Acacia arabicaMimosaceaeGum, leavesArabic acid, malate, sugar, mineral elements, tannins[40, 41]
Achyranthus asperaAmaranthaseaeRoot, seedsSaponin, glycosides[42]
Adansonia digitataMalvaceaeLeavesMucilage, glucose, albuminoids, adansonin, tannin[43]
Aegle marmelosRutaceaeLeavesFlavonoid, tannins, saponin[44]
Aleo veraLiliaceaeWhole plantAloin, isobarbaloin, emodin, saponin[45]
Alhagi maurorumFabaceaeRootTerpenes, saponin, tannins[46]
Allium sativumLiliaceaeBulbMucilage, starch, albumen, vitamins, sugar, allicin, alliin[47]
Annona squamosaAnnonaceaeLeavesAlkaloids, flavonoids, saponini, tannins[48]
Azadirachta indicaMeliaceaeLeavesSaponin, flavonoids, phenolics, tannin[49]
Bauhinia variegateCaesalpiniaceaeStem-bark, rootRutin, quercetin, apigenin, tannin[50]
Berberis aristataBerberidaceaeRootAlkaloids[51]
Bata vulgarisChenopodiaceaeRootBetin[52]
Carica papayaCaricaceaeFruit, seedsPapain, pectin, carpaine, carposide[53]
Centella asiaticaApiaceaeWhole plantFlavonoids, narigin, alkaloids, saponin, asiatic acid[54]
Cordial myxaFruitTannins, carbohydrate, saponin[55]
Ficus exasperataMoraceaeLeaves, stem-barkFlavonoids, saponin, alkaloids, glycosides, tannins[2]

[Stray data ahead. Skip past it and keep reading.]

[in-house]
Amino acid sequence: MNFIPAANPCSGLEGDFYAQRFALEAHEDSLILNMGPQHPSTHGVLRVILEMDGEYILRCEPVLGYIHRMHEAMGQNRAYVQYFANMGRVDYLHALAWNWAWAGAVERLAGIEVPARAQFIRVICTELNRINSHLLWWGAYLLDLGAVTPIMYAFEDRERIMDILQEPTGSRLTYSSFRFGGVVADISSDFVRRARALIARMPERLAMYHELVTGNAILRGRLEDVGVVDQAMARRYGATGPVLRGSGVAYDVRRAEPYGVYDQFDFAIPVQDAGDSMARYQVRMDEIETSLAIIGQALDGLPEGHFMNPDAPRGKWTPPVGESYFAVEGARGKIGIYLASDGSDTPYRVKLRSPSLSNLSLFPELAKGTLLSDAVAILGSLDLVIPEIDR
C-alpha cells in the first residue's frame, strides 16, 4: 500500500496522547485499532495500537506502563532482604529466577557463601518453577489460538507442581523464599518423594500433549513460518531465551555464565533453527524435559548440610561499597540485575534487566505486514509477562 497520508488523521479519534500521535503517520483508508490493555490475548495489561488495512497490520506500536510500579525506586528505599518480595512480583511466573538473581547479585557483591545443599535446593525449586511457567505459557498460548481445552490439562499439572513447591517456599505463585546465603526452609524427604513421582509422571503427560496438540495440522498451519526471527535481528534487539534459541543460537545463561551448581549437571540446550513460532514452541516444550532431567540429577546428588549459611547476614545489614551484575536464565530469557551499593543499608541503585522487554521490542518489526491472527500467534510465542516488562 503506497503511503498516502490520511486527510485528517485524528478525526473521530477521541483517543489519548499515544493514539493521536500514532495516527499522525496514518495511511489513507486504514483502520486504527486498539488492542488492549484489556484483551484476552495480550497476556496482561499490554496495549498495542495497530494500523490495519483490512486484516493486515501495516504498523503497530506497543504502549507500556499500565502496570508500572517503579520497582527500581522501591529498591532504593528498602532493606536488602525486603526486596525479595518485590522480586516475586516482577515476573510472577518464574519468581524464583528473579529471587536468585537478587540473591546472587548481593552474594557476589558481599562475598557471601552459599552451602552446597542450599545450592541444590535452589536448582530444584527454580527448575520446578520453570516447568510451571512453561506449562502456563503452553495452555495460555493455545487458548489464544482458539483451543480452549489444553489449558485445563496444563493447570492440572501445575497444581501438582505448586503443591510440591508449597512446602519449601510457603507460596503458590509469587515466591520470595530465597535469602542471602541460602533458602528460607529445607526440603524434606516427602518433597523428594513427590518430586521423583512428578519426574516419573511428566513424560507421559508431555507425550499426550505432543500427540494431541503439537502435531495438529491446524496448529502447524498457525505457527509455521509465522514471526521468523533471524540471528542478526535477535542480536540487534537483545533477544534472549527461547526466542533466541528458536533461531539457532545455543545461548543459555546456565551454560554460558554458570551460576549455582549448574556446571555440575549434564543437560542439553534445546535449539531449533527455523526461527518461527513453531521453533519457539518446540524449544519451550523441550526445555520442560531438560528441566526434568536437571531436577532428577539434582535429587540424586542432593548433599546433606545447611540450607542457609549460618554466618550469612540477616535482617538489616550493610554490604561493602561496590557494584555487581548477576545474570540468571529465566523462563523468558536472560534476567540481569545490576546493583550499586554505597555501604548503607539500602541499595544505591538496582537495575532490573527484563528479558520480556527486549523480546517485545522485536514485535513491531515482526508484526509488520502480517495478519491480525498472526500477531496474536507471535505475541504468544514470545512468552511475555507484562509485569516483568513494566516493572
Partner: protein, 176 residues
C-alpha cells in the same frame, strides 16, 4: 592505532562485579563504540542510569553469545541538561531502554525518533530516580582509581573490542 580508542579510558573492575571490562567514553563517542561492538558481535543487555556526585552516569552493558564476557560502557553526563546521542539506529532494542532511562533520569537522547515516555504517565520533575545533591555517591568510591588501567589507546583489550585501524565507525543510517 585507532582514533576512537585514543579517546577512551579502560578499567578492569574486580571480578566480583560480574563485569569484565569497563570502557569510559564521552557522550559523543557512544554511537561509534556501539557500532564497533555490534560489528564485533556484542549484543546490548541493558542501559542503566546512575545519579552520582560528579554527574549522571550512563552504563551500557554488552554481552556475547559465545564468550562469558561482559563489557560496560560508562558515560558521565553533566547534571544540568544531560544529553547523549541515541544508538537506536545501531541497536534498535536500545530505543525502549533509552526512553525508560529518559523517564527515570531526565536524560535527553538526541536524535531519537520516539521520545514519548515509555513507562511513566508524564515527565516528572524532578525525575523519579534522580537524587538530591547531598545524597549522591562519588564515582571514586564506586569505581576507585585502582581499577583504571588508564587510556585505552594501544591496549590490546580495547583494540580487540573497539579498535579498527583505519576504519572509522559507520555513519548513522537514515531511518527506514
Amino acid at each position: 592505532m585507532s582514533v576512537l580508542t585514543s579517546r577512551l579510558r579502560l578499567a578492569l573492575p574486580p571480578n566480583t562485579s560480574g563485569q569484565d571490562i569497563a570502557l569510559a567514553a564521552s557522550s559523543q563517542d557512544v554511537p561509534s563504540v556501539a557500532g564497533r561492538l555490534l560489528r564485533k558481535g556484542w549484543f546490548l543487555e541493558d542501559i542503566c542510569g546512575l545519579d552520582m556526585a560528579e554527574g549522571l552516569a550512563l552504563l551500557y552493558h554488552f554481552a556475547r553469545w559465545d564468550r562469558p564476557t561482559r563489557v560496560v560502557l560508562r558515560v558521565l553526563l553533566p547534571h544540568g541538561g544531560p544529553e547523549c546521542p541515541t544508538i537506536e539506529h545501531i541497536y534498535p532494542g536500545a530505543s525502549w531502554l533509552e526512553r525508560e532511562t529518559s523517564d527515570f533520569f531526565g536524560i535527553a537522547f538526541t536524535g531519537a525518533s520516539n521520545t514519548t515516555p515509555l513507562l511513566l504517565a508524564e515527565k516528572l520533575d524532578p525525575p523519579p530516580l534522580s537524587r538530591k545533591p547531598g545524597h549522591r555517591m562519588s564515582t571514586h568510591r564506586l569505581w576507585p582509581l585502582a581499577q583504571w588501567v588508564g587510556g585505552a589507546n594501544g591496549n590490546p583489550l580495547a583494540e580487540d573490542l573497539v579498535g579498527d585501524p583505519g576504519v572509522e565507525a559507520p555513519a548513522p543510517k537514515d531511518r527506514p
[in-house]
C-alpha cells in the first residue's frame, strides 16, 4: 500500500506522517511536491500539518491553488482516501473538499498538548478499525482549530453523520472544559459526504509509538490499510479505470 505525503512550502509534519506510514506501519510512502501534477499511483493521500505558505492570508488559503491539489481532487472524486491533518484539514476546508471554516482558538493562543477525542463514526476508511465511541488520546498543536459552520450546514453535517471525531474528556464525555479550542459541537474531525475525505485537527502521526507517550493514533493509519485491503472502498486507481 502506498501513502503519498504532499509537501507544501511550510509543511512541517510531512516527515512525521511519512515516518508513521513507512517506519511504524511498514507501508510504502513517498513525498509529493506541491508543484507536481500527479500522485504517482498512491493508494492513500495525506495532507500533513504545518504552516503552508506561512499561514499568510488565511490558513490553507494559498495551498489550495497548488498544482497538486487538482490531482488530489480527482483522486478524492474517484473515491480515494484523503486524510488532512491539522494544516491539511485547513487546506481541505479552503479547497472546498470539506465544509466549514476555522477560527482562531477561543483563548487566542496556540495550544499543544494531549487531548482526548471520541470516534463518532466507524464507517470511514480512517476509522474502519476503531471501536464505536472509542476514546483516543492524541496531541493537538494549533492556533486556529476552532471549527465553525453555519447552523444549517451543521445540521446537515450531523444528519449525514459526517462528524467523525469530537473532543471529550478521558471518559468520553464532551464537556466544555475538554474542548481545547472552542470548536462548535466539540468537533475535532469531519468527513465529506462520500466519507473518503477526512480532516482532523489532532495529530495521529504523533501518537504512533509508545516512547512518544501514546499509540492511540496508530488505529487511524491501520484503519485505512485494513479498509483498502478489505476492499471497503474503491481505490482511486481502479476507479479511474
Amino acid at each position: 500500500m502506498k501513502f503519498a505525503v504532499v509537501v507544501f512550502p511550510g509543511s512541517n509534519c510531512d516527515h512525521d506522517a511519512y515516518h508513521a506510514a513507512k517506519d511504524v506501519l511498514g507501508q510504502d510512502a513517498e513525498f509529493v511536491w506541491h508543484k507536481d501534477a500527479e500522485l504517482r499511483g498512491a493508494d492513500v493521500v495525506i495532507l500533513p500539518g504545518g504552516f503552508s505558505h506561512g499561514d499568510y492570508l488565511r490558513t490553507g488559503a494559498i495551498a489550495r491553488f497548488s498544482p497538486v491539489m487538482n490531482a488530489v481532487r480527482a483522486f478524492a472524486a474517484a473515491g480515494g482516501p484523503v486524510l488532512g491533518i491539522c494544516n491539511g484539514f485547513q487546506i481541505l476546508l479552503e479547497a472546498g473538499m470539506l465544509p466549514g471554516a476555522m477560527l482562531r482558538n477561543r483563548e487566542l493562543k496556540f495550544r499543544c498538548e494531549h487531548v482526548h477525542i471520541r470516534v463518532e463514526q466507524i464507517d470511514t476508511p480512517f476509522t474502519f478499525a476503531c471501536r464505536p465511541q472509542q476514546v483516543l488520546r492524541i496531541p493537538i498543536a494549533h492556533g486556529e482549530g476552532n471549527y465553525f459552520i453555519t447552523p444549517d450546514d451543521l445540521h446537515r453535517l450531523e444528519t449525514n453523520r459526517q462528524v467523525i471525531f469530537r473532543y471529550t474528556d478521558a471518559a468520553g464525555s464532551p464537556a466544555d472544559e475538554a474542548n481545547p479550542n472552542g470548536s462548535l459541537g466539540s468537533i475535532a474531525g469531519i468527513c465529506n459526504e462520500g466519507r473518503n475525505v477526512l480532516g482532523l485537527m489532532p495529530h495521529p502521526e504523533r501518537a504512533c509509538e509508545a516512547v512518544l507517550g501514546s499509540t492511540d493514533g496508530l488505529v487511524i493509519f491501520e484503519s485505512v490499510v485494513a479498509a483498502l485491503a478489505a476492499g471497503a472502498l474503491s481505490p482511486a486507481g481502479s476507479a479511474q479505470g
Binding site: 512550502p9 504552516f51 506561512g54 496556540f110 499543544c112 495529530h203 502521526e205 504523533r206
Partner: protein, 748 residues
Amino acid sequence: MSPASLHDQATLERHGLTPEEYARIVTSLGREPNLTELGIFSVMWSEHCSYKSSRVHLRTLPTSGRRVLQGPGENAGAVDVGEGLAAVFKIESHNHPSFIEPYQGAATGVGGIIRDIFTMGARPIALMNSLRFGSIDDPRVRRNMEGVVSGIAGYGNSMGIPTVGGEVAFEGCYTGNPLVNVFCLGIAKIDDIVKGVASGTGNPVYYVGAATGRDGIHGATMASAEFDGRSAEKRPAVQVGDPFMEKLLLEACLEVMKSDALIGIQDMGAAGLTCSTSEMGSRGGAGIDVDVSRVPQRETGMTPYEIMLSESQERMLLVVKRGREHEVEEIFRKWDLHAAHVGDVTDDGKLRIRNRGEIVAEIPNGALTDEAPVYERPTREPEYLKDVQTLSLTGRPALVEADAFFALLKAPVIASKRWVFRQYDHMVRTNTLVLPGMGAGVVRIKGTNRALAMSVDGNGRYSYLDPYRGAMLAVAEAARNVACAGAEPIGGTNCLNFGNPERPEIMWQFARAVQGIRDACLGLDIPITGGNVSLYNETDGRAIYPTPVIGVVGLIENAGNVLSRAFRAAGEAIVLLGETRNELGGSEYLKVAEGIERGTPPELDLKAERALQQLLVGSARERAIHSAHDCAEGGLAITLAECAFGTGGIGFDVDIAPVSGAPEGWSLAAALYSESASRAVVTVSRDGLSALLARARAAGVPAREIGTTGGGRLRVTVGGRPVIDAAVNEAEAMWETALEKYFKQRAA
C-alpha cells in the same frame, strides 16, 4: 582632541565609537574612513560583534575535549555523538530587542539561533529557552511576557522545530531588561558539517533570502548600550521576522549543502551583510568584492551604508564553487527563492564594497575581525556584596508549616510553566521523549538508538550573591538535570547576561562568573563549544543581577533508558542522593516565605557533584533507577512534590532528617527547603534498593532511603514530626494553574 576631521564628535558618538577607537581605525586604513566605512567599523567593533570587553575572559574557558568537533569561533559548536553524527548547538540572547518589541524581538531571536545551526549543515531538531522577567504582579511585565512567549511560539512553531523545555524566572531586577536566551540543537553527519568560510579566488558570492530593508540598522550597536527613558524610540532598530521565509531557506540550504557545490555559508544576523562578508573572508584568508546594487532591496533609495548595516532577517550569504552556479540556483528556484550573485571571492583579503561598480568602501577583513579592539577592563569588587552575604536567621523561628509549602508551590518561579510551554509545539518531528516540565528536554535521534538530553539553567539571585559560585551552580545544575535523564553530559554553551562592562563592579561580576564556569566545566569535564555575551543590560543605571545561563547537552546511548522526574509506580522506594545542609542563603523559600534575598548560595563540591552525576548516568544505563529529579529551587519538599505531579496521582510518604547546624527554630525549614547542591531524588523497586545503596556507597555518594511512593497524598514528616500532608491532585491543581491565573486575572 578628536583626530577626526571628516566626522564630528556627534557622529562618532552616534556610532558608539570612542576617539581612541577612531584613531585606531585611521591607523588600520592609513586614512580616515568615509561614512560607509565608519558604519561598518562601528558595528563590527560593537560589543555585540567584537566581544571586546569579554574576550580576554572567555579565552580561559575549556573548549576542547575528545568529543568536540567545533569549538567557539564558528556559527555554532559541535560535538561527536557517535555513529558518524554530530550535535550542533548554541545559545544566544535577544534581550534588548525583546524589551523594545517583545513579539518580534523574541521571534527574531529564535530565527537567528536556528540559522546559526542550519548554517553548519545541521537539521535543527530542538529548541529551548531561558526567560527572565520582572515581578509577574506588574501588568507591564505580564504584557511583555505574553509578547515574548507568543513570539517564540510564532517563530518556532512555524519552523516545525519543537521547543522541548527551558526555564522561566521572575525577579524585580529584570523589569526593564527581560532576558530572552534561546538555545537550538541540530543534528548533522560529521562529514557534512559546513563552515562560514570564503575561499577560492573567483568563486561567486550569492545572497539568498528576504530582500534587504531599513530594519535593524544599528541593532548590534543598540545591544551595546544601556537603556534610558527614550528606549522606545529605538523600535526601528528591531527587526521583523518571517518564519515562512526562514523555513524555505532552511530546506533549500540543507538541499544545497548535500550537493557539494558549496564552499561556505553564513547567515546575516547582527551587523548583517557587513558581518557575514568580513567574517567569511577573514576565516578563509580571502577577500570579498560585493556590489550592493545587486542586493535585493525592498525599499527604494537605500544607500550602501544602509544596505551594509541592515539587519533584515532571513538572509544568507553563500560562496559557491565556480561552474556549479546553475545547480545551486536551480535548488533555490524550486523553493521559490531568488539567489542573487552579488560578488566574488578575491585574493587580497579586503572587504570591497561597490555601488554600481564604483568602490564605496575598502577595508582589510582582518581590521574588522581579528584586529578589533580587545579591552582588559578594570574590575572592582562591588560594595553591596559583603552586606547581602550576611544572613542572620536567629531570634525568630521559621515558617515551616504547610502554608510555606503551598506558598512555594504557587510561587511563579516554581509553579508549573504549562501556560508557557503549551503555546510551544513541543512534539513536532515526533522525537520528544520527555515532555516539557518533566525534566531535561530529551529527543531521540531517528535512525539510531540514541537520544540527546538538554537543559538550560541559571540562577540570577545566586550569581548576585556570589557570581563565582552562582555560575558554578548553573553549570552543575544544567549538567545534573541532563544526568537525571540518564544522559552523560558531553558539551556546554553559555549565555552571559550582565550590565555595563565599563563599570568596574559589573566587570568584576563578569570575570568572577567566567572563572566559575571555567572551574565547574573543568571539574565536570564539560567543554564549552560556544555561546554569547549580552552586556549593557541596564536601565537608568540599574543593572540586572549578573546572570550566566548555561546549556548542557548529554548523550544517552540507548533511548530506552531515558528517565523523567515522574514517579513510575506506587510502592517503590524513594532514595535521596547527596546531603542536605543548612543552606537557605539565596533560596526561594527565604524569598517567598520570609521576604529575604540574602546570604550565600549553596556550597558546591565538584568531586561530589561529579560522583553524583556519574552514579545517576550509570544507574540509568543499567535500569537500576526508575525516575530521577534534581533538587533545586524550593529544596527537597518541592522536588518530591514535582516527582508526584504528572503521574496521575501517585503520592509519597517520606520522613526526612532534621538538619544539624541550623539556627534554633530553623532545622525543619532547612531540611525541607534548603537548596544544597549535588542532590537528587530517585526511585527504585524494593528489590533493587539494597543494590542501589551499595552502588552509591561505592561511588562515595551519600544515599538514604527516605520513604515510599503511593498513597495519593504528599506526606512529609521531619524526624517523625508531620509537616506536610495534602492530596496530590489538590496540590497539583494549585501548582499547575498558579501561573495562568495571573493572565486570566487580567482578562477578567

Ficus religiosaUrticaceaeStem-barkTannins, wax, cochtone[56]
Gossypium barbadenseMalvaceaeLeavesGossypol, saponin, steroids, cardiac glycosides[22]
Gossypium herbaceousMalvaceaeFlowersFlavonoids, phenolics, saponin[57]
Hibiscus rosa sinensisMalvaceaeRootPhenolics, cyanidin, hydrocitrate[58]
Langeneria brevifloraCucurbitaceaeFruit, leavesSaponin, phenolics, cucurbitacin[59]
Langeneria sicerariaCucurbitaceaeFruitFlavonoids, steroids, phenols, saponin[42]
Mangifera indicaAnacardiaceaeLeavesAlkaloids, sterols, saponin, tannins, flavonoids, mangiferin[60]
Momordica tuberoseCucurbitaceaeTubersAlkaloids, tannins, saponin[61]
Moringa oleiferaMoringaceaeLeavesQuercetin, β-sitoterol, β-carotene, alkaloids, tannins, saponin[62]
Musa paradisiacalMusaceaeRoot, leaves, trunkTannins, starch, vitamin C, albuminoids[42]
Myrtus communisMyrtaceaeLeavesResin, tannins, citrate, malate, sugar[63]
Nerium indicumApocynaceaeFlowersAlkaloids, glycosides, flavonoids, phenolics, tannins[64]
Ocimum sanctumLamiaceaeLeavesAlkaloids, tannins, saponin, flavonoids, sterols[65]
Oryza sativaGramineaeGrain, branStarch, mineral matter, protein[66]
Phyllanthus niruriEuphorbiaceaeWhole plantAlkaloids, tannins, flavonoids, carbohydrate, glycosides[67]
Prunus amygdalusRosaceaeSeeds, fruitUrsolic acid, quercetin, flavonoids[42]
Psidium guyavaMyrtaceaeLeaves, stem-barkResin, tannins, cellulose, flavonoids, quercetin, quajaverin[68]